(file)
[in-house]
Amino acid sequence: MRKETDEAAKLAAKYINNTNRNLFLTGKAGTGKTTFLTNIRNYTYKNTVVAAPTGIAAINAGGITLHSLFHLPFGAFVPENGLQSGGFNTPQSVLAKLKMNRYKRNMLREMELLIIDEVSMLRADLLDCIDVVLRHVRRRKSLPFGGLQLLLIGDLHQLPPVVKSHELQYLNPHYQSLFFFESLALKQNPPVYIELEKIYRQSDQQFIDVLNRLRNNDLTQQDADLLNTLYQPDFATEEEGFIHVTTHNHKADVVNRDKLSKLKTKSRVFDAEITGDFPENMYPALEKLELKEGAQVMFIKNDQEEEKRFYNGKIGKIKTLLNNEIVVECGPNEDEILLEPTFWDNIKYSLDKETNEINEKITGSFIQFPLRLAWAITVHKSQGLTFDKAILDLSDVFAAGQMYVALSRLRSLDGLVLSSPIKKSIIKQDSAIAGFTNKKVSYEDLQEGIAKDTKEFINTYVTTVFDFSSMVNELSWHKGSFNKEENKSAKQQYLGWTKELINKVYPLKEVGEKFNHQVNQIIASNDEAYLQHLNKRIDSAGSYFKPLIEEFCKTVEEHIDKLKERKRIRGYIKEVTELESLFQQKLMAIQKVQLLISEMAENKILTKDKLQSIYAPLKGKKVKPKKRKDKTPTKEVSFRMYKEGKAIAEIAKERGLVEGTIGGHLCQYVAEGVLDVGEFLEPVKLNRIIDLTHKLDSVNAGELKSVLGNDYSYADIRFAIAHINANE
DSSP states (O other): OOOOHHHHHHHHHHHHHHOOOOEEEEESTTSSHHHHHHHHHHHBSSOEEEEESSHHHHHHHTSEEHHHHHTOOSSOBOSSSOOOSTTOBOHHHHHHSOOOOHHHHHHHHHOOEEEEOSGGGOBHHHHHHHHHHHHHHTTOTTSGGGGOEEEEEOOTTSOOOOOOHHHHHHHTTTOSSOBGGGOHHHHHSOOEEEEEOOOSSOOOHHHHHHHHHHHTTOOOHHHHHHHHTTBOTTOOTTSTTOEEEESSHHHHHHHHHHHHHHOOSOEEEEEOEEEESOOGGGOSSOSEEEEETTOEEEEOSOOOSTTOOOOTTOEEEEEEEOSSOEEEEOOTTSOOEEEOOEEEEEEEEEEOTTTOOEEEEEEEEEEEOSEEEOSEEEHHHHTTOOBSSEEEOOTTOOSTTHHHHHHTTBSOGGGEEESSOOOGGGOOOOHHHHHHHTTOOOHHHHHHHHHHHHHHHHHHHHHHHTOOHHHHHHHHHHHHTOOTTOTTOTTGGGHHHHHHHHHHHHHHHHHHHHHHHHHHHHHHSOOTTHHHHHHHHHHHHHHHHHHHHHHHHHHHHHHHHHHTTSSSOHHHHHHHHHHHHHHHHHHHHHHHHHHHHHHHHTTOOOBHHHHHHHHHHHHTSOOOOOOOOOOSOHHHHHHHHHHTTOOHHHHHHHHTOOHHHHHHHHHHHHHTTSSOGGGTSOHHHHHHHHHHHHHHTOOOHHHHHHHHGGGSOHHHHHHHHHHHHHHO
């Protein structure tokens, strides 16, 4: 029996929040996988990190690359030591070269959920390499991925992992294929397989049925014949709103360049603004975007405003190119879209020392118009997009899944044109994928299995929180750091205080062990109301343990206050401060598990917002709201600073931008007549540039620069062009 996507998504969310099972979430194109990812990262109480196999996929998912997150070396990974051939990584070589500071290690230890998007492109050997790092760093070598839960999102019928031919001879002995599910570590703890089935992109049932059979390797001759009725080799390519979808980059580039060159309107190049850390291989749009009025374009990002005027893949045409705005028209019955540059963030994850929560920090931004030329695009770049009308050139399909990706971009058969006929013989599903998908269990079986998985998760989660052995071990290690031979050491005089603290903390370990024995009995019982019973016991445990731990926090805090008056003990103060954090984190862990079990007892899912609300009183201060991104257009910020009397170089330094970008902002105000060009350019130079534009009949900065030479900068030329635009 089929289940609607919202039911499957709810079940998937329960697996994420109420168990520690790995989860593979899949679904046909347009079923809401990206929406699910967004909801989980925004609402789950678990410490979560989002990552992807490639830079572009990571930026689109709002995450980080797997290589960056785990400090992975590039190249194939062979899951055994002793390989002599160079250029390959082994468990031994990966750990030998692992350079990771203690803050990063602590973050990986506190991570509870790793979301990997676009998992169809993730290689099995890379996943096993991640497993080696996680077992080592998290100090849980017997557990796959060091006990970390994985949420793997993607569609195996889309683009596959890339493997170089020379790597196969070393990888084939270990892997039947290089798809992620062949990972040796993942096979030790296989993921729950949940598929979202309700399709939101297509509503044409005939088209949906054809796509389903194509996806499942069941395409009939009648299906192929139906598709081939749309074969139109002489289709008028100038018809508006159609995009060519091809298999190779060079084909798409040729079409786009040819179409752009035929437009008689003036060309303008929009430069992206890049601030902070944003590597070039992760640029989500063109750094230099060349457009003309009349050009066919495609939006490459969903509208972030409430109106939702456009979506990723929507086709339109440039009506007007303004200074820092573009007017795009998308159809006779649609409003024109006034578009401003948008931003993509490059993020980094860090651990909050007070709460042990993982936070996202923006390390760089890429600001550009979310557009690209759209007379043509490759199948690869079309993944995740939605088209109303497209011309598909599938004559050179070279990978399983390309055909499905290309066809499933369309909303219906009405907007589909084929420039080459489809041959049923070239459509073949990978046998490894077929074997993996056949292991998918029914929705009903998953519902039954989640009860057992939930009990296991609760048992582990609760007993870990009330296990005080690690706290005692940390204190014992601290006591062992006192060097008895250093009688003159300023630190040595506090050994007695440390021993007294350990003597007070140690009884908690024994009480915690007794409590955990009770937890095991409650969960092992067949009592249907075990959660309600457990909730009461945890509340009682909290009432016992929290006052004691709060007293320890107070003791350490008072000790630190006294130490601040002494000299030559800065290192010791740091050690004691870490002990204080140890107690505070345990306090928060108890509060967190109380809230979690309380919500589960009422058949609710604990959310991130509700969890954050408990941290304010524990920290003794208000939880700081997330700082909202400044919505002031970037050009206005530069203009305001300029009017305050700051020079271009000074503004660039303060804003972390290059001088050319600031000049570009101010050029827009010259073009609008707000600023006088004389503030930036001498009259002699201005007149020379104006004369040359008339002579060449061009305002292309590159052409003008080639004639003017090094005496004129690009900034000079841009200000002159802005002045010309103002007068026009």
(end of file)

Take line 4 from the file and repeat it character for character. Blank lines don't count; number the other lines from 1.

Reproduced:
């Protein structure tokens, strides 16, 4: 029996929040996988990190690359030591070269959920390499991925992992294929397989049925014949709103360049603004975007405003190119879209020392118009997009899944044109994928299995929180750091205080062990109301343990206050401060598990917002709201600073931008007549540039620069062009 996507998504969310099972979430194109990812990262109480196999996929998912997150070396990974051939990584070589500071290690230890998007492109050997790092760093070598839960999102019928031919001879002995599910570590703890089935992109049932059979390797001759009725080799390519979808980059580039060159309107190049850390291989749009009025374009990002005027893949045409705005028209019955540059963030994850929560920090931004030329695009770049009308050139399909990706971009058969006929013989599903998908269990079986998985998760989660052995071990290690031979050491005089603290903390370990024995009995019982019973016991445990731990926090805090008056003990103060954090984190862990079990007892899912609300009183201060991104257009910020009397170089330094970008902002105000060009350019130079534009009949900065030479900068030329635009 089929289940609607919202039911499957709810079940998937329960697996994420109420168990520690790995989860593979899949679904046909347009079923809401990206929406699910967004909801989980925004609402789950678990410490979560989002990552992807490639830079572009990571930026689109709002995450980080797997290589960056785990400090992975590039190249194939062979899951055994002793390989002599160079250029390959082994468990031994990966750990030998692992350079990771203690803050990063602590973050990986506190991570509870790793979301990997676009998992169809993730290689099995890379996943096993991640497993080696996680077992080592998290100090849980017997557990796959060091006990970390994985949420793997993607569609195996889309683009596959890339493997170089020379790597196969070393990888084939270990892997039947290089798809992620062949990972040796993942096979030790296989993921729950949940598929979202309700399709939101297509509503044409005939088209949906054809796509389903194509996806499942069941395409009939009648299906192929139906598709081939749309074969139109002489289709008028100038018809508006159609995009060519091809298999190779060079084909798409040729079409786009040819179409752009035929437009008689003036060309303008929009430069992206890049601030902070944003590597070039992760640029989500063109750094230099060349457009003309009349050009066919495609939006490459969903509208972030409430109106939702456009979506990723929507086709339109440039009506007007303004200074820092573009007017795009998308159809006779649609409003024109006034578009401003948008931003993509490059993020980094860090651990909050007070709460042990993982936070996202923006390390760089890429600001550009979310557009690209759209007379043509490759199948690869079309993944995740939605088209109303497209011309598909599938004559050179070279990978399983390309055909499905290309066809499933369309909303219906009405907007589909084929420039080459489809041959049923070239459509073949990978046998490894077929074997993996056949292991998918029914929705009903998953519902039954989640009860057992939930009990296991609760048992582990609760007993870990009330296990005080690690706290005692940390204190014992601290006591062992006192060097008895250093009688003159300023630190040595506090050994007695440390021993007294350990003597007070140690009884908690024994009480915690007794409590955990009770937890095991409650969960092992067949009592249907075990959660309600457990909730009461945890509340009682909290009432016992929290006052004691709060007293320890107070003791350490008072000790630190006294130490601040002494000299030559800065290192010791740091050690004691870490002990204080140890107690505070345990306090928060108890509060967190109380809230979690309380919500589960009422058949609710604990959310991130509700969890954050408990941290304010524990920290003794208000939880700081997330700082909202400044919505002031970037050009206005530069203009305001300029009017305050700051020079271009000074503004660039303060804003972390290059001088050319600031000049570009101010050029827009010259073009609008707000600023006088004389503030930036001498009259002699201005007149020379104006004369040359008339002579060449061009305002292309590159052409003008080639004639003017090094005496004129690009900034000079841009200000002159802005002045010309103002007068026009």